Past imperfect, future tense

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Is that a threat in your BlackBerry holster, or an opportunity?

Everyone knows a smartphone is more than just a way to call, surf, and play Angry Birds.

Still, the stunning advances in technology represented by these ubiquitous devices could turn the legal profession’s whole value proposition on its head, founder Simon Fodden writes in a backgrounder prepared for the CBA Legal Futures Initiative.

But there are a few caveats: first of all, the profession has to see the need for a new value proposition; secondly, it has to learn to play well with others, and share some of its traditional ground with competitors – computers, as well as non-legal and para-legal professionals.

In his study of what Canadians are saying in social media about the future of legal practice, Fodden identified four vectors of change, three of which – globalization, the economy, technology – are external pressures on the profession. The fourth, conservatism, is a pressure from within to resist the course the other three seem to be demanding.

The past is an important touchstone for lawyers, says Fodden – laws are matters of history – and predictability is a desired trait. Plus the old ways of doing things have “rewarded them with power, prestige and fortune.”

To be fair, he adds, it’s not simply a matter of complacency – even legal professionals with a genuine desire to change are uncertain about the best course of action.

Other mitigating factors include the inertia that comes from having multiple jurisdictions without a strong national authority, compounded by the nature of a profession where every practitioner essentially has his or her own practice, “(making) it difficult to engender a useful, stable sense of community among lawyers in Canada.”

Reams have been written about the impact of globalization and the economy. But it’s the rapid-fire pace of development in the field of information technology that “is being marked as the disruptive force in the legal market.”

No one is saying a computer can replace a good lawyer, says Fodden. What they are saying is that machines can make us question what “good lawyering” means. Some of the work currently done by lawyers “may be done skilfully by those without full legal training, both with and without the aid of computers.” Clients know this and will demand this kind of work be done at the lowest appropriate cost, “which will in almost all cases mean not by a lawyer and certainly not by a lawyer using the billable hour.”

Some jobs currently done by lawyers can be done – and done better – by current software. Legal work will continue to be commoditized and routinized until “an irreducible core of ‘true’ legal work remains,” Fodden says.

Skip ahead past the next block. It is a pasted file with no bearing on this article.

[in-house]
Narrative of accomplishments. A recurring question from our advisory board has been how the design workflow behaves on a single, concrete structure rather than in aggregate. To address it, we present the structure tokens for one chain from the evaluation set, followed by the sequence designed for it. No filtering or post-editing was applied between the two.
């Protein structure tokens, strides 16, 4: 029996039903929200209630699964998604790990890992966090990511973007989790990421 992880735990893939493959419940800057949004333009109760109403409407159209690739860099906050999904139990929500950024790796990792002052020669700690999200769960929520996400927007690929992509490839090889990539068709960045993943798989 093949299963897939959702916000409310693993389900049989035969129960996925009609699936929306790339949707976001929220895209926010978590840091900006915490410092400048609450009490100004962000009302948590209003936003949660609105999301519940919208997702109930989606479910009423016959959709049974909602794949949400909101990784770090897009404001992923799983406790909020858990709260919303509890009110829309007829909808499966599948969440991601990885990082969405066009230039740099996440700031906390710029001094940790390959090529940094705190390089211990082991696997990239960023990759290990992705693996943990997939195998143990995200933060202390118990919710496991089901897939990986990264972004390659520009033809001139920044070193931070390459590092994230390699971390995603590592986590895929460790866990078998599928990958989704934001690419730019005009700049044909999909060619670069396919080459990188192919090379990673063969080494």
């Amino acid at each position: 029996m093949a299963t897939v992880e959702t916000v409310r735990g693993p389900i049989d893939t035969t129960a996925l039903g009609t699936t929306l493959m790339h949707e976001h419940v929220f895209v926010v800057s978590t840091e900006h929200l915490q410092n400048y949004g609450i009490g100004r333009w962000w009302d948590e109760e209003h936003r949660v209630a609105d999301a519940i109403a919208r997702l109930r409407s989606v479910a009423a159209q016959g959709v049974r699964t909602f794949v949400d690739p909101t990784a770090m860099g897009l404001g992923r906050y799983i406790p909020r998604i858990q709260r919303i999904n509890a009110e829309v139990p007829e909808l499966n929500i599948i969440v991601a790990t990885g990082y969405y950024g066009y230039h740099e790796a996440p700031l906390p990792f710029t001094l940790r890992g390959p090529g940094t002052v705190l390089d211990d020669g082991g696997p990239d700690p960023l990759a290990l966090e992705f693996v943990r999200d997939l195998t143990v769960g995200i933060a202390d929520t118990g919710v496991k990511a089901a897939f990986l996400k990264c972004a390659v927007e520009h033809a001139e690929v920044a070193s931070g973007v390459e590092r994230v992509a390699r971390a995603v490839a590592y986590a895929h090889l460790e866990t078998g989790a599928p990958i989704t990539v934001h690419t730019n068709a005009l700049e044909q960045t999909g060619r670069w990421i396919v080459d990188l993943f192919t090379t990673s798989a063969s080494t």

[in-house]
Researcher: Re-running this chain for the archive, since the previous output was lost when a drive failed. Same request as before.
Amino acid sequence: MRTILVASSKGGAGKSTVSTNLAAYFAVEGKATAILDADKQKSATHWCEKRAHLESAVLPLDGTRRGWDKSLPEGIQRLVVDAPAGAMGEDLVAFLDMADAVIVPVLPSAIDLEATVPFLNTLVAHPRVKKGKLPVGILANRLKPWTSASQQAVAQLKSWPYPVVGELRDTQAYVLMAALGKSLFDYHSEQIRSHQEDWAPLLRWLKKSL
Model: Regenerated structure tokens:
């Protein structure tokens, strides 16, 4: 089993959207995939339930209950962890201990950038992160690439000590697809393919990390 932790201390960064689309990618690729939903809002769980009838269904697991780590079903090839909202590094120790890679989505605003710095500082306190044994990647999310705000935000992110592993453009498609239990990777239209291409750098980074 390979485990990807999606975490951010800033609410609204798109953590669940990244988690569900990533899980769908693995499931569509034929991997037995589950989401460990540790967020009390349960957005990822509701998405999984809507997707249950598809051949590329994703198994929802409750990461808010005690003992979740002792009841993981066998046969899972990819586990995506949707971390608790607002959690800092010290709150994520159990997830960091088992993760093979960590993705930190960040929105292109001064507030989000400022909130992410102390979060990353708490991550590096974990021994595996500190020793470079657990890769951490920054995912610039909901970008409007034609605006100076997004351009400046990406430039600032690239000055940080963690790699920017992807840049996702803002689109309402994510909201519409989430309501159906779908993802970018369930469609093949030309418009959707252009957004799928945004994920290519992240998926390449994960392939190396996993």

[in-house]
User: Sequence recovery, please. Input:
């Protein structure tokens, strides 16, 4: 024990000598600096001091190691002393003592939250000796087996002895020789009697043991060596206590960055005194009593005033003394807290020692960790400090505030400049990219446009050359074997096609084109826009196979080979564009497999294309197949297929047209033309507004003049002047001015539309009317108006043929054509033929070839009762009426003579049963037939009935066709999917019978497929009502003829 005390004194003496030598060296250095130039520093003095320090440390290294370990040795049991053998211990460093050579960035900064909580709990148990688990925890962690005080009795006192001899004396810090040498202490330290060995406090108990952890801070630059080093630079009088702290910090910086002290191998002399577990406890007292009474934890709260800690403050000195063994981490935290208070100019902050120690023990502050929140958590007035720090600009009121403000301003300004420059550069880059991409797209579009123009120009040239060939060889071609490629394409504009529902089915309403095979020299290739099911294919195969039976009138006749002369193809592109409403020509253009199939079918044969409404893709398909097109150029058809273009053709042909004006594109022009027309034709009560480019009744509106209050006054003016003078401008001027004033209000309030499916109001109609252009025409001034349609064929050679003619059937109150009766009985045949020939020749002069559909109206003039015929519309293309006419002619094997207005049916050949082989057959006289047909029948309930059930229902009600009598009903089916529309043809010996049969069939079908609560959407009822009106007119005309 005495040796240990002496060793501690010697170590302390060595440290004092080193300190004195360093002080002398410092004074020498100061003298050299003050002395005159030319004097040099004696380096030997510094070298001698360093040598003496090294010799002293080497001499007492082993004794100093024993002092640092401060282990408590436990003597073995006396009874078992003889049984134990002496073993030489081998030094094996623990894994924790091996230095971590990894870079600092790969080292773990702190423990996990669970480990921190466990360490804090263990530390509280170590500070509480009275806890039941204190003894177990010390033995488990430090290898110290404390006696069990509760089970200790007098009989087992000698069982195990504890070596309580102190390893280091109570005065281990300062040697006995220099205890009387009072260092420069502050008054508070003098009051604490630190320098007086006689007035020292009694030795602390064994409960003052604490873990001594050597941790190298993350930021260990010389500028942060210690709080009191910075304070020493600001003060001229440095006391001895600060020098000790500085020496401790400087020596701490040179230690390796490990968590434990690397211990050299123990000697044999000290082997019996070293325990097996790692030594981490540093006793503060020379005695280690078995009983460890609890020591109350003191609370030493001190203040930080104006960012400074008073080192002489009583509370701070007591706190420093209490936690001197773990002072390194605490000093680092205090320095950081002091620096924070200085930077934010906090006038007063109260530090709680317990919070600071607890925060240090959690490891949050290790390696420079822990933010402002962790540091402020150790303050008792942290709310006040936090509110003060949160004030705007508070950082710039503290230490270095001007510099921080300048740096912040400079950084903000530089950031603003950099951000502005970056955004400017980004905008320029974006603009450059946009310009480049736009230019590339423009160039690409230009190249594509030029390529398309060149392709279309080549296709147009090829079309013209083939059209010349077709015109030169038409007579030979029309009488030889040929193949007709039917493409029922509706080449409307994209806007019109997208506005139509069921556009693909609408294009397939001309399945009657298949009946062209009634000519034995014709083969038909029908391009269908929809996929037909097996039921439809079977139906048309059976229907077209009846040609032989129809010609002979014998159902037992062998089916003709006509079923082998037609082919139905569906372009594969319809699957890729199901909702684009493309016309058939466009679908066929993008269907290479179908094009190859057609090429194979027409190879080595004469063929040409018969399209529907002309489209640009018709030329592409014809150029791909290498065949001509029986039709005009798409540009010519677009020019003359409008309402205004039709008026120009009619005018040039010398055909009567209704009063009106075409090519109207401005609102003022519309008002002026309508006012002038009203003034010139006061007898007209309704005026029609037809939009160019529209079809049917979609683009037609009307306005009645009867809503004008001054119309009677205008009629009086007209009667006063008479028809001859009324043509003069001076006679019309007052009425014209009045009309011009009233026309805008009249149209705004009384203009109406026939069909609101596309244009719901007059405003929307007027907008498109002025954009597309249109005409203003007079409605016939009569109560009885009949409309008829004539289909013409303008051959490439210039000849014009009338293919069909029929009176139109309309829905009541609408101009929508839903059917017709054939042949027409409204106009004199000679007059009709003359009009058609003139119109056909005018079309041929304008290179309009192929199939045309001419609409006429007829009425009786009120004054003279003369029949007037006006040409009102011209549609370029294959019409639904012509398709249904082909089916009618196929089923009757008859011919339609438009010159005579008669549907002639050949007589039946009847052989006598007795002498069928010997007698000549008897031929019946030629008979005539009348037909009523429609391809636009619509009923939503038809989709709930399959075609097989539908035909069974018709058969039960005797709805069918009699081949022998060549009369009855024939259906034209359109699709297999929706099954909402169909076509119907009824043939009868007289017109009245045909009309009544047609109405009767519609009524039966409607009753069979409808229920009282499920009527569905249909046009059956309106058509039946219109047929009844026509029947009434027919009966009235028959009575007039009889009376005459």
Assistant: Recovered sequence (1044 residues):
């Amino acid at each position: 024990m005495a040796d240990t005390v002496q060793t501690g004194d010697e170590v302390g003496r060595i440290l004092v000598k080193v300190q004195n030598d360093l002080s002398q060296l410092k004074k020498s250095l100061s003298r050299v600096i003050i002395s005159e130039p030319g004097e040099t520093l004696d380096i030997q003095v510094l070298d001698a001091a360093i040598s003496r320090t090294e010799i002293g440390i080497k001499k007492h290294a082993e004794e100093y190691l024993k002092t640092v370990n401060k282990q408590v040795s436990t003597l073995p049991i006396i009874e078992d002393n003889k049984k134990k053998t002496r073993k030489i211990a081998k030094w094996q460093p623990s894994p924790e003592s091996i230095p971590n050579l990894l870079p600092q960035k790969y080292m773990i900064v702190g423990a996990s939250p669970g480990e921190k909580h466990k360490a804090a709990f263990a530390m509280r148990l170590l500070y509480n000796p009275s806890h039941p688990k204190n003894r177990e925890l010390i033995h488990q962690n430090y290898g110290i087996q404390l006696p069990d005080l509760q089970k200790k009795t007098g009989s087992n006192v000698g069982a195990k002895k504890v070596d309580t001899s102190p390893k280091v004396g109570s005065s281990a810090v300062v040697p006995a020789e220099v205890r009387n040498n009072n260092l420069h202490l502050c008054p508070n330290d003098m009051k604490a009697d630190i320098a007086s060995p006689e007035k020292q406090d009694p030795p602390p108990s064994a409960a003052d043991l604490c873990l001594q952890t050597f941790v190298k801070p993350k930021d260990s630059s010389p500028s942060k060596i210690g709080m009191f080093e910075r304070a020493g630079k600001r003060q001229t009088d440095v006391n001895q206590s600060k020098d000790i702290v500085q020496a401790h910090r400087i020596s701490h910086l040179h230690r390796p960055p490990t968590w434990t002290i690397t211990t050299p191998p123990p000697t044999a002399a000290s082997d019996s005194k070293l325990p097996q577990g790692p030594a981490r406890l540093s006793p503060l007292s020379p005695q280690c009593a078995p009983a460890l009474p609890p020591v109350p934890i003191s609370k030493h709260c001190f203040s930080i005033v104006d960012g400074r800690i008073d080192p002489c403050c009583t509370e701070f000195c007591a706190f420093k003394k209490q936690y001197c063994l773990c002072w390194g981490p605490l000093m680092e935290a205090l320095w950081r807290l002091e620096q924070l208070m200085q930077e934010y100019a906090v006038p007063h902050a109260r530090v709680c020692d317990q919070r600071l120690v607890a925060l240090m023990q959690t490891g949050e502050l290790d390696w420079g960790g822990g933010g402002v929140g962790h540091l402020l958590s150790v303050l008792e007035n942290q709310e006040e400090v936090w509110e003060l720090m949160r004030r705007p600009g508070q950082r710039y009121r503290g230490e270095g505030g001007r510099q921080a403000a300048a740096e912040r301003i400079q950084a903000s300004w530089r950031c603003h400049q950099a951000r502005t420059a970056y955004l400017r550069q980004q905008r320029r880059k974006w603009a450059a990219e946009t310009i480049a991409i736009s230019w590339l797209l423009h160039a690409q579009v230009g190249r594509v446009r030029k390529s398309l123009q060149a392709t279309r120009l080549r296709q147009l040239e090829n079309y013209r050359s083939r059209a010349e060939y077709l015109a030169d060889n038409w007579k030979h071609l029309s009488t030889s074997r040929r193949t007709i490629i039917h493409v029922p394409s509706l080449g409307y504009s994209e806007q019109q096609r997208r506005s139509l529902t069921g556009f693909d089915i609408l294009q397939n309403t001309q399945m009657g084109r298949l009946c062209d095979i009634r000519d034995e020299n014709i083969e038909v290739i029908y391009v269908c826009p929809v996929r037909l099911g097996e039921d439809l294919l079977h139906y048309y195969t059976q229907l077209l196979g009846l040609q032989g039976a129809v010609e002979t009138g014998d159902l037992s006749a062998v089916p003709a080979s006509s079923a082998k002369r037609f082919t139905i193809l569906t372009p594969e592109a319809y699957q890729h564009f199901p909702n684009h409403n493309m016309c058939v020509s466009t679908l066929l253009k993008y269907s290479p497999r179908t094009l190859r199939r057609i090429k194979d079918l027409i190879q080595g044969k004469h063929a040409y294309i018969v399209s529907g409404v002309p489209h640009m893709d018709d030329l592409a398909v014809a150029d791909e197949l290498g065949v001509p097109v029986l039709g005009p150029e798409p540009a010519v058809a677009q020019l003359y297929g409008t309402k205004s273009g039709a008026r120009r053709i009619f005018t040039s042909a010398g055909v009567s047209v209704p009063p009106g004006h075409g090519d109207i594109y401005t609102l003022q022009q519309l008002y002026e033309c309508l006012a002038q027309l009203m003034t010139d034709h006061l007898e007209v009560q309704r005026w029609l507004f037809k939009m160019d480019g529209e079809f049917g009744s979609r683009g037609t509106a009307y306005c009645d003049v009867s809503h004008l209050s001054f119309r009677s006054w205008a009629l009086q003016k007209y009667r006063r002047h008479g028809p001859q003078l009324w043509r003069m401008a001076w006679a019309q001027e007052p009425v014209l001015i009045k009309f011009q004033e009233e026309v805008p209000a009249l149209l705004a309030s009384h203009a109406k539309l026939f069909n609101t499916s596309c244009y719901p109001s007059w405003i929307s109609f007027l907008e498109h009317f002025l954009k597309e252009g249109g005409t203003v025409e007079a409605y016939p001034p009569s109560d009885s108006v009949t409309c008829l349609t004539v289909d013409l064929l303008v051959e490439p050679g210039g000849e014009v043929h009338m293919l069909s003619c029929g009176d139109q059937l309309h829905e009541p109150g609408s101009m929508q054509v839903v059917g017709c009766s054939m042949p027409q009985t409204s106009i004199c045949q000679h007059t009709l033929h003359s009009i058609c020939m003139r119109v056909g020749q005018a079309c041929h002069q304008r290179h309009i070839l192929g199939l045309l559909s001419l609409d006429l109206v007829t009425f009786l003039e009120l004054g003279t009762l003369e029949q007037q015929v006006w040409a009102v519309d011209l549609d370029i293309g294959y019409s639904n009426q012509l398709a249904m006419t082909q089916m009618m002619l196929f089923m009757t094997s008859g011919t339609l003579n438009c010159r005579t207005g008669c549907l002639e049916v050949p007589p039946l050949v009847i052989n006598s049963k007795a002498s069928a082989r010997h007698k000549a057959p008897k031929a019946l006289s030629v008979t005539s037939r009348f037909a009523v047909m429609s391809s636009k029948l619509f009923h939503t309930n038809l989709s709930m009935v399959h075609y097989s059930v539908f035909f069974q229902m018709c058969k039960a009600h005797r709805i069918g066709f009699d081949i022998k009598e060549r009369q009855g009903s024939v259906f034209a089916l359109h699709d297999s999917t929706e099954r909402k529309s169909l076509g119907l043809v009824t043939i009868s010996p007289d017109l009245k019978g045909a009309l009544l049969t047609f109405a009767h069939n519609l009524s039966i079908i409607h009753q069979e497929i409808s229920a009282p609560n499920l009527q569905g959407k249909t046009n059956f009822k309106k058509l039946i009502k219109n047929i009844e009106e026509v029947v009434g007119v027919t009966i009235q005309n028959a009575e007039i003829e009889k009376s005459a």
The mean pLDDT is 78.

And the path to that core can be seen as a threat or as an opportunity. Fodden argues for the latter.

“As we will see, creativity will be an essential characteristic of the successful lawyer and of the profession too, if it wishes to prosper. Despite the nostrum that necessity is the mother of invention, fear makes a lousy seedbed for creativity.”

New businesses such as My Legal Briefcase have already begun nibbling at the “bottom end” of the legal market, offering cheaper ways of carrying out routine tasks, but shouldn’t be ignored just because they’re picking off the low-hanging fruit. Fodden cites Clayton Christensen, author of The Innovator’s Dilemma, who points out that in other industries, innovators offering low-end technologies were able to bring more powerful competitors to their knees because they made themselves attractive to people who could afford them, and those people outnumbered the rich and sophisticated clients of the older companies. The start-ups prospered, grew – and improved.

Fodden ends by noting that the demands of the marketplace aren’t the only reason why the legal profession must adapt to changing times – social factors are also important. The profession needs to do more to include women and historically marginalized groups in its ranks, he says, because “any bias, structural or otherwise, against certain groups in society deprives the legal profession of a source of talent and imagination.”

“One of the reasons the commercial practice of law in Canada requires the profound re-examination argued for by the commentators has to do with its view of itself as ‘other’ (I will not say ‘more important’) than the rest of legal practice. By letting itself become infatuated with profit and power, it has forgotten its base” in social values, Fodden says.

May 21, 2013 |
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